From Wikipedia, the free encyclopedia
Apatinib structure.svg
Clinical data
Other namesRivoceranib; YN968D1
Routes of
ATC code
  • none
  • N-(4-(1-Cyanocyclopentyl)phenyl)-2-((pyridin-4-ylmethyl)amino)nicotinamide
CAS Number
PubChem CID
Chemical and physical data
Molar mass397.482 g·mol−1
3D model (JSmol)
  • N#CC1(c2ccc(NC(=O)c3cccnc3NCc3ccncc3)cc2)CCCC1
  • InChI=1S/C24H23N5O/c25-17-24(11-1-2-12-24)19-5-7-20(8-6-19)29-23(30)21-4-3-13-27-22(21)28-16-18-9-14-26-15-10-18/h3-10,13-15H,1-2,11-12,16H2,(H,27,28)(H,29,30) checkY

Apatinib, also known as rivoceranib, is a tyrosine kinase inhibitor that selectively inhibits the vascular endothelial growth factor receptor-2 (VEGFR2, also known as KDR). It is an orally bioavailable, small molecule agent which is thought to inhibit angiogenesis in cancer cells; specifically, apatinib inhibits VEGF-mediated endothelial cell migration and proliferation thus blocking new blood vessel formation in tumor tissue. This agent also mildly inhibits c-Kit and c-SRC tyrosine kinases.[1]

Apatinib was first synthesized by Advenchen Laboratories in California, USA and licensed out global rights to HLB (Korea) in 2020 and is being developed by Jiangsu Hengrui Medicine (China), LSK BioPartners (US) and HLB Life Science (Korea).[2] It is an investigational cancer drug currently undergoing clinical trials as a potential targeted treatment for metastatic gastric carcinoma, metastatic breast cancer, adenoid cystic carcinoma, and advanced hepatocellular carcinoma.

Phase I/II clinical study[edit]

The principal investigator from Fudan University, China, presented results of Phase I/II human clinical studies at the 2009 CSCO Meeting (October 17, 2009). Cancer patients were administered varied doses of apatinib daily for 28 days. Apatinib was well tolerated at doses below 750 mg/day, 3 of 3 dose-limiting toxicities were reported at 1000 mg/day and the maximum tolerated dose is determined to be 850 mg/day. The investigator also reported of 65 cancer patients treated in Phase I/II, 1.54% had a complete response, 12.31% had a partial response, 66.15% had stable disease and 20% had progressive disease.[3]

A separate published report on the safety and pharmacokinetics of apatinib in Human clinical studies concludes that it has encouraging antitumor activity across a broad range of cancer types.[4]

Current status[edit]

There is a Phase II/III study recruiting patients in China to determine whether apatinib can improve progression-free survival compared with placebo in patients with metastatic gastric carcinoma who have failed two lines of chemotherapy (September, 2009).[5] Apatinib was approved by CFDA in December, 2014 for patients with late-stage gastric carcinoma in China.[6] A phase IV study on safety of Apatinib started in April, 2015. The study aims to recruit 2,000 patients.[7]

As of November, 2010, two additional Phase II clinical studies have been initiated for apatinib in metastatic triple-negative breast cancer patients and advanced hepatocellular carcinoma.[8]

On March 7, 2011, Bukwang announced that it filed an IND to the Korean FDA to begin Human clinical studies of apatinib in Phase II.[9]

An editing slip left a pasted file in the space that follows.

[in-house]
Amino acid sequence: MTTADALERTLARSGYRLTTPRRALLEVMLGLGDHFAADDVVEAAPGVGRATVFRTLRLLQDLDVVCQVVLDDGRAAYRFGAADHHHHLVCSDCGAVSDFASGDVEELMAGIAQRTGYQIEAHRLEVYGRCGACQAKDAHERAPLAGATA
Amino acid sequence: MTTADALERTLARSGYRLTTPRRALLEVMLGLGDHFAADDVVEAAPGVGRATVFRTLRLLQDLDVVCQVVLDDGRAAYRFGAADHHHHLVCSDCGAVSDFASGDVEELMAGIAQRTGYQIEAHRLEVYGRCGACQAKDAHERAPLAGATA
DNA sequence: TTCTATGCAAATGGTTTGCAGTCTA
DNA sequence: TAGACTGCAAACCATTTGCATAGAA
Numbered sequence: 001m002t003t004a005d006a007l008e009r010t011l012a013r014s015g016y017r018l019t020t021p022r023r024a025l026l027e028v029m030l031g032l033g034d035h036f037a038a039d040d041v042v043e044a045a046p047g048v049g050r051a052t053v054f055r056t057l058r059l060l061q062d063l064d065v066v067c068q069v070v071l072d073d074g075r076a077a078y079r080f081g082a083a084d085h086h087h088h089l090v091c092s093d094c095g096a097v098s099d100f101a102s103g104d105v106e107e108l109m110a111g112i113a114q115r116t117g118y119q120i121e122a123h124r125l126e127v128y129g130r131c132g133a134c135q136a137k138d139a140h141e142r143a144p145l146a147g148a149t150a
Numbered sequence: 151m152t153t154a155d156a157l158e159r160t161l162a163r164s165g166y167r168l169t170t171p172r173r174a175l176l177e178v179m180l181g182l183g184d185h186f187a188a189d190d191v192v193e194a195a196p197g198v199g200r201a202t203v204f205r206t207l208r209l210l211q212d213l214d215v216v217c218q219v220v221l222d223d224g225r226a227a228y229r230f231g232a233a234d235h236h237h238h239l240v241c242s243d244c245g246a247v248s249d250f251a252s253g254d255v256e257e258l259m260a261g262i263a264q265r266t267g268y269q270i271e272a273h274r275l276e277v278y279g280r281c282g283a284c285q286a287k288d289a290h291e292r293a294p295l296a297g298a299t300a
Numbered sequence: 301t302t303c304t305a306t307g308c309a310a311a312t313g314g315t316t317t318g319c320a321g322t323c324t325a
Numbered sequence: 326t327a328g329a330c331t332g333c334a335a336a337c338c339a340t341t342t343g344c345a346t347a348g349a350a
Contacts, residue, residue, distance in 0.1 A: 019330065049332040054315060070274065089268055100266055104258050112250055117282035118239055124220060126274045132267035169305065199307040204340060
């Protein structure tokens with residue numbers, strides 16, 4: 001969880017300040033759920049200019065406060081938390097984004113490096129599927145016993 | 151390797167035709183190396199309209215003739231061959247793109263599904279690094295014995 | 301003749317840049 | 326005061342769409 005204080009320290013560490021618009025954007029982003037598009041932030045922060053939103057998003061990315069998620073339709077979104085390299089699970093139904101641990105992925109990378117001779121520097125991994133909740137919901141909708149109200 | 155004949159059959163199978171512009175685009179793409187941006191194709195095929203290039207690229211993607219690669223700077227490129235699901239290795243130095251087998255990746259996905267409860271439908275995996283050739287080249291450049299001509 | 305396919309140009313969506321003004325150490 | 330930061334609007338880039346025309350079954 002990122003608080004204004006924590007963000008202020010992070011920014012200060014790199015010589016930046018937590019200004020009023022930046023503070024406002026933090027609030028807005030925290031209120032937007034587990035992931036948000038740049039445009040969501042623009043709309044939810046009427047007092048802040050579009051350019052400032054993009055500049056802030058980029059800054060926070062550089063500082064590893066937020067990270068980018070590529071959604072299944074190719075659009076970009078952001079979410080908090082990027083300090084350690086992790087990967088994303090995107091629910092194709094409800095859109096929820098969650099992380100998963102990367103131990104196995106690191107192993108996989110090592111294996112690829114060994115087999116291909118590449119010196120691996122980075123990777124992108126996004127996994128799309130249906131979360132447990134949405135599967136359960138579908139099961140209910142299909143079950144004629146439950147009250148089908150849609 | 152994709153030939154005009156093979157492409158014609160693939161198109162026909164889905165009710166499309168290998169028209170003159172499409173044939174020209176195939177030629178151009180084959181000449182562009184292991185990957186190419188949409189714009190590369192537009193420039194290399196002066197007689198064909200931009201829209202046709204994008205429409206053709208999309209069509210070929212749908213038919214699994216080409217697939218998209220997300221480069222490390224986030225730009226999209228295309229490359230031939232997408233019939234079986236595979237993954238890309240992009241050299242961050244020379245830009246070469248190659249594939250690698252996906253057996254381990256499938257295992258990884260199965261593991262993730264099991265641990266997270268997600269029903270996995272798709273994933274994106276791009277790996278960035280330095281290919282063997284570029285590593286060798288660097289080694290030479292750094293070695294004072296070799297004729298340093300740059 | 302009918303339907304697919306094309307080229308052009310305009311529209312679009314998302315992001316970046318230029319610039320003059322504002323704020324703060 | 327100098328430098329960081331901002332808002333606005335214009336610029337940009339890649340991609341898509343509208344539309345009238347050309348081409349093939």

On August, 2018, Bukwang licensed out the commercial rights in Korea for rivoceranib to HLB Life Science [10]

Non-clinical studies[edit]

Some cancer cells have the ability to develop resistance to the cytotoxic effects of certain cancer drugs (called multidrug resistance). A study concluded that apatinib may be useful in circumventing cancer cells' multidrug resistance to certain conventional antineoplastic drugs.[11] The study showed that apatinib reverses the ABCB1- and ABCG2-mediated multidrug resistance by inhibiting those functions and increasing the intracellular concentrations of the antineoplastic drugs. This study suggests that apatinib will be potentially effective in combination therapies with conventional anticancer drugs especially in cases where resistance to chemotherapy exists.[citation needed]


  1. ^ http://www.cancer.gov/Templates/drugdictionary.aspx?CdrID=592508[bare URL]
  2. ^ "Apatinib Mesylate (YN968D1)". Archived from the original on 2011-07-13.
  3. ^ "Novel Vascular Endothelial Growth Factor Receptor Inhibitor YN968D1 (Apatinib) Against advanced Malignancies: Phase I/II Study". 17 Oct 2009.
  4. ^ Li, Jin; Zhao, Xinmin; Chen, Lei; Guo, Haiyi; Lv, Fangfang; Jia, Ka; Yv, Ke; Wang, Fengqing; et al. (2010). "Safety and pharmacokinetics of novel selective vascular endothelial growth factor receptor-2 inhibitor YN968D1 in patients with advanced malignancies". BMC Cancer. 10: 529. doi:10.1186/1471-2407-10-529. PMC 2984425. PMID 20923544.
  5. ^ "A Randomized Phase 2/3 Study of Apatinib as Third Line Treatment in Patients with Metastatic Gastric Carcinoma". 11 July 2011. {{cite journal}}: Cite journal requires |journal= (help)
  6. ^ "中国晚期胃癌小分子靶向药物研究取得突破". news.sina.com.cn. Retrieved 2015-11-02.
  7. ^ "口服小分子靶向药物阿帕替尼开启大样本临床试验 - 丁香园". oncol.dxy.cn. Retrieved 2015-11-02.
  8. ^ http://clinicaltrials.gov/ct2/results?term=apatinib
  9. ^ "부광약품, 항암제 임상2상 신청". 7 March 2011.
  10. ^ "Bukwang Pharm hands over marketing right over gastric cancer drug to HLB - Pulse by Maeil Business News Korea".
  11. ^ Mi YJ, Liang YJ, Huang HB, Zhao HY, Wu CP, Wang F, Tao LY, Zhang CZ, et al. (2010). "Apatinib (YN968D1) Reverses Multidrug Resistance by Inhibiting the Efflux Function of Multiple ATP-Binding Cassette Transporters". Cancer Research. 70 (20): 7981–7991. doi:10.1158/0008-5472.CAN-10-0111. PMC 2969180. PMID 20876799.